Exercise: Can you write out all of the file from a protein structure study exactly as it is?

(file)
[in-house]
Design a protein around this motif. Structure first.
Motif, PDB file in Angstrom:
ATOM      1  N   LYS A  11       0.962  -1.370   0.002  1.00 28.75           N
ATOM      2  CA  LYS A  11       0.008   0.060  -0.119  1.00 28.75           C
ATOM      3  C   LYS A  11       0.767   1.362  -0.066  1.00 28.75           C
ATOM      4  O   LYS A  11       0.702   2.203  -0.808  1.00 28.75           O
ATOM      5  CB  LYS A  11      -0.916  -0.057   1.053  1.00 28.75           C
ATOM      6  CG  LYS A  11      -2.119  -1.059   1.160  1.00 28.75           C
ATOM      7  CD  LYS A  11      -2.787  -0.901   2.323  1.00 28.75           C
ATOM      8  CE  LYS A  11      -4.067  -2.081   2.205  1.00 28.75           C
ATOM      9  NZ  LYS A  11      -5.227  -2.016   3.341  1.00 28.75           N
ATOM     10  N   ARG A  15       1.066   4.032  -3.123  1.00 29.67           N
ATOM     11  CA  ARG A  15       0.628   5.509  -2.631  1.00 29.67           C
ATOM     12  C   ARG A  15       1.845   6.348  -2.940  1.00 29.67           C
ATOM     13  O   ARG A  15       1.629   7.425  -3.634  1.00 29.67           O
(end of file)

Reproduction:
[in-house]
Design a protein around this motif. Structure first.
Motif, PDB file in Angstrom:
ATOM      1  N   LYS A  11       0.962  -1.370   0.002  1.00 28.75           N
ATOM      2  CA  LYS A  11       0.008   0.060  -0.119  1.00 28.75           C
ATOM      3  C   LYS A  11       0.767   1.362  -0.066  1.00 28.75           C
ATOM      4  O   LYS A  11       0.702   2.203  -0.808  1.00 28.75           O
ATOM      5  CB  LYS A  11      -0.916  -0.057   1.053  1.00 28.75           C
ATOM      6  CG  LYS A  11      -2.119  -1.059   1.160  1.00 28.75           C
ATOM      7  CD  LYS A  11      -2.787  -0.901   2.323  1.00 28.75           C
ATOM      8  CE  LYS A  11      -4.067  -2.081   2.205  1.00 28.75           C
ATOM      9  NZ  LYS A  11      -5.227  -2.016   3.341  1.00 28.75           N
ATOM     10  N   ARG A  15       1.066   4.032  -3.123  1.00 29.67           N
ATOM     11  CA  ARG A  15       0.628   5.509  -2.631  1.00 29.67           C
ATOM     12  C   ARG A  15       1.845   6.348  -2.940  1.00 29.67           C
ATOM     13  O   ARG A  15       1.629   7.425  -3.634  1.00 29.67           O